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Creating Your Residency Rank List
Toward the end of the interview season you will be confronted with the daunting task of creating your rank list of programs for submission for the Match in the spring. Even though you are still in the interview process, it is never too early to start thinking about how you will eventually compile your list.
It is important to remember that your rank list is an extremely important and highly personal thing – it will essentially determine where you will spend the next three years (and possibly more), and the choices you make through your list will have a profound impact on many aspects of your life. It is no wonder that creating your list can be incredibly anxiety-provoking, particularly since the structure of the Match makes it feel as though you only have limited control of the process (which is usually an uncomfortable feeling for people going into internal medicine!). However, developing your list can also be part of a very exciting process in deciding the next step in your life and career.
Here are some important things to consider when thinking about creating your rank list:
- It is extremely important to understand how the Match works. Much of the anxiety surrounding the Match lies in the mystery surrounding the matching algorithm. The National Residency Matching Program (NRMP) has a detailed explanation of the process, including examples of how the structure of the rank list may affect Match outcomes. It is particularly important for people planning to participate in the couple’s match to understand how this works as it differs significantly from those who are matching individually. The Match process is extremely fair and tends to favor applicants (vs. programs), but it works solely off of both sets of rank lists and does not consider other factors that you will ultimately use to create your list. But knowing the mechanics of the process will help inform the creation of you own list and hopefully alleviate some of the anxiety associated with how the Match works.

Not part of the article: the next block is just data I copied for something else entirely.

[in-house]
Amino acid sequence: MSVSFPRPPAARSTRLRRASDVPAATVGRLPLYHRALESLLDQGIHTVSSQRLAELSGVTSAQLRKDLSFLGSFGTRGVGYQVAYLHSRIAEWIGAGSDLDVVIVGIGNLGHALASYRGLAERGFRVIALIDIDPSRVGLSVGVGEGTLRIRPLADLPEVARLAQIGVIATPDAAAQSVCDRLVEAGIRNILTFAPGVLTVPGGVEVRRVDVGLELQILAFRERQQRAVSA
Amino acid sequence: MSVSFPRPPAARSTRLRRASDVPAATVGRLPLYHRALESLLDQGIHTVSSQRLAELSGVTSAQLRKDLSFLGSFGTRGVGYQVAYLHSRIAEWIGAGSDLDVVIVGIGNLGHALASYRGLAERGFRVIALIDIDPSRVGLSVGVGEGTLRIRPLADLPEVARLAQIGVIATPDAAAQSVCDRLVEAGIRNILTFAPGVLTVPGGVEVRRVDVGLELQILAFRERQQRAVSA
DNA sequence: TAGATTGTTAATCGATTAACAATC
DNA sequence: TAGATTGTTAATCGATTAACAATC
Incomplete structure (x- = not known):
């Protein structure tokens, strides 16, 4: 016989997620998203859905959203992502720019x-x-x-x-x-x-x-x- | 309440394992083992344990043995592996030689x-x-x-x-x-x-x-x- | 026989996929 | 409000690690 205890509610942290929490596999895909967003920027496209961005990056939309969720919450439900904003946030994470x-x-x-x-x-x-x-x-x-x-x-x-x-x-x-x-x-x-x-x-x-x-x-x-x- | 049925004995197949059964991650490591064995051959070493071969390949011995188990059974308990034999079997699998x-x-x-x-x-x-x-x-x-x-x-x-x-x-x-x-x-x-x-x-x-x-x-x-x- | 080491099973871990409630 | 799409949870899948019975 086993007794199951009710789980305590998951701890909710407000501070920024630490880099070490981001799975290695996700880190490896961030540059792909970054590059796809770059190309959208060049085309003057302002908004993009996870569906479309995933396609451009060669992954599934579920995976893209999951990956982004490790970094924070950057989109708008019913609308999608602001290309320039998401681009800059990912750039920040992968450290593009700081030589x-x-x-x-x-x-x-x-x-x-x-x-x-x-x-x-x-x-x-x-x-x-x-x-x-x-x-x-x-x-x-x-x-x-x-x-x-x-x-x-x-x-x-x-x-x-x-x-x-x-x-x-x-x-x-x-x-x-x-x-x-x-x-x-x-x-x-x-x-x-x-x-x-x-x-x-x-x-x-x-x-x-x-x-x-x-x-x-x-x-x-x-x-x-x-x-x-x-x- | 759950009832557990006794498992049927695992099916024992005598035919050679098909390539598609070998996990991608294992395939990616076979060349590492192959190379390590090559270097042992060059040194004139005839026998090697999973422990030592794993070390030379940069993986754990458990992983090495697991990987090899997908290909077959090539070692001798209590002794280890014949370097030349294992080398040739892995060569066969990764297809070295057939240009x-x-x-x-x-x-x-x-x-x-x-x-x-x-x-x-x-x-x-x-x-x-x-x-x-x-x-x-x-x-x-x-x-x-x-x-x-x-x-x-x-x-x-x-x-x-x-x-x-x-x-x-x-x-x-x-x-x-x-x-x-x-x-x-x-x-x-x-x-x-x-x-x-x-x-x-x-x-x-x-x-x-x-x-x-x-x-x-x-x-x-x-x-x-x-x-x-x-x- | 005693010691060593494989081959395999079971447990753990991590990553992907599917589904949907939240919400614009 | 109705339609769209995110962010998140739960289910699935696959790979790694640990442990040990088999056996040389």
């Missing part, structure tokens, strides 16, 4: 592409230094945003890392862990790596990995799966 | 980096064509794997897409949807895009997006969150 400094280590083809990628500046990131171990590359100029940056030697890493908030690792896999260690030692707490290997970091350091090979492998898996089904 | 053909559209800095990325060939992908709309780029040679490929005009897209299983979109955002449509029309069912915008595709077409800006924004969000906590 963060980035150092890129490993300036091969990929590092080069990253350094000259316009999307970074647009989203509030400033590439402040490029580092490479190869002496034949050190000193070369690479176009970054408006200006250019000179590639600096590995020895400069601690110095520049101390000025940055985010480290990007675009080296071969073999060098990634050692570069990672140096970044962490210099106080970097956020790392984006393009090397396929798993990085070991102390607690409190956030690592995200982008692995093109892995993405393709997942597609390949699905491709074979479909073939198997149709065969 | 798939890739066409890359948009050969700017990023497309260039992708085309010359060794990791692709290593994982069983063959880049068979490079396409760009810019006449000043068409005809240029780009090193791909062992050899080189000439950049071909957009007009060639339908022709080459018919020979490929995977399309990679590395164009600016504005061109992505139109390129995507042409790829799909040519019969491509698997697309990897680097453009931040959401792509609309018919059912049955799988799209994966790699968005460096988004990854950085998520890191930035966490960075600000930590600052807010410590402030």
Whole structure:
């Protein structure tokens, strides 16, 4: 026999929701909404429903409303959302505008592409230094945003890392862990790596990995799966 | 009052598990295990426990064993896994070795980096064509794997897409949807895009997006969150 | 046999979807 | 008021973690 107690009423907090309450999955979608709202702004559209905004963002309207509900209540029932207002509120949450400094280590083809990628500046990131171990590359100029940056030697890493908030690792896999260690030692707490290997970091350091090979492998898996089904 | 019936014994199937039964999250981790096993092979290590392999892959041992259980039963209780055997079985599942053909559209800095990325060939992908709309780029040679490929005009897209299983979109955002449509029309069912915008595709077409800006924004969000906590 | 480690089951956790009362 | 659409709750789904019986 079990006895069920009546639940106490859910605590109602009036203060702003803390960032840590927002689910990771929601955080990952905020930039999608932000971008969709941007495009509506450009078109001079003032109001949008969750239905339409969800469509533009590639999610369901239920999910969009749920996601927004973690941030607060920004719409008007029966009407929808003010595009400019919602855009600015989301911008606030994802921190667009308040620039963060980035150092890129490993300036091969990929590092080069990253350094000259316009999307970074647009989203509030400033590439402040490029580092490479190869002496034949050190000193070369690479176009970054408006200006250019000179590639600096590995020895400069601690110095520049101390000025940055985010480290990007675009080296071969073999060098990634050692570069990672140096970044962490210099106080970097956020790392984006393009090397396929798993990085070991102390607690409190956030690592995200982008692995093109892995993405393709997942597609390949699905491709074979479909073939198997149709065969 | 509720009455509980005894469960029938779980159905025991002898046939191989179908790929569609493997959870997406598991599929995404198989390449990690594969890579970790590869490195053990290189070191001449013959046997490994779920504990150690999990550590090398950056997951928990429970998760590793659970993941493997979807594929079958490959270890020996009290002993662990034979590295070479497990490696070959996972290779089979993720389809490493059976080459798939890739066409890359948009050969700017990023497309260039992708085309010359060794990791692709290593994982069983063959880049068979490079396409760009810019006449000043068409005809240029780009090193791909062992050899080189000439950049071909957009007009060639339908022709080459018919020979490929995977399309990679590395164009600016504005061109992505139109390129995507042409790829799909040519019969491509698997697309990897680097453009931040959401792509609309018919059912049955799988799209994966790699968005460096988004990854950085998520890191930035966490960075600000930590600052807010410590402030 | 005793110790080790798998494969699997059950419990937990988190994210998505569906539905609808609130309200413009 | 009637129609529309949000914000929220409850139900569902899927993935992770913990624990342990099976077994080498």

- It is imperative that you seek out the advice of advisors and/or mentors at your school who have experience with the Match and can help in the process of putting together your rank list. Most departments of medicine have people particularly skilled and dedicated to this, and this often is the same person who wrote your departmental/Chair’s letter (such as the Vice Chair for Medical Education, residency program director, clerkship director, or others). These individuals usually have a good sense of what many residency training programs are like and your level of competitiveness for different programs. They are also usually aware of your specific circumstances, and their advice can be invaluable in providing a realistic perspective about your options and the appropriate structuring of your list. If you haven’t been in contact with them since you began your interviews, you should begin to involve them in your rank list deliberations.
- Always remember that creating your rank list is a complex proposition involving not only you, but also virtually all of the significant others in your life. Although they can’t make rank list decisions for you, their input is invaluable since they will also be profoundly affected by your choices.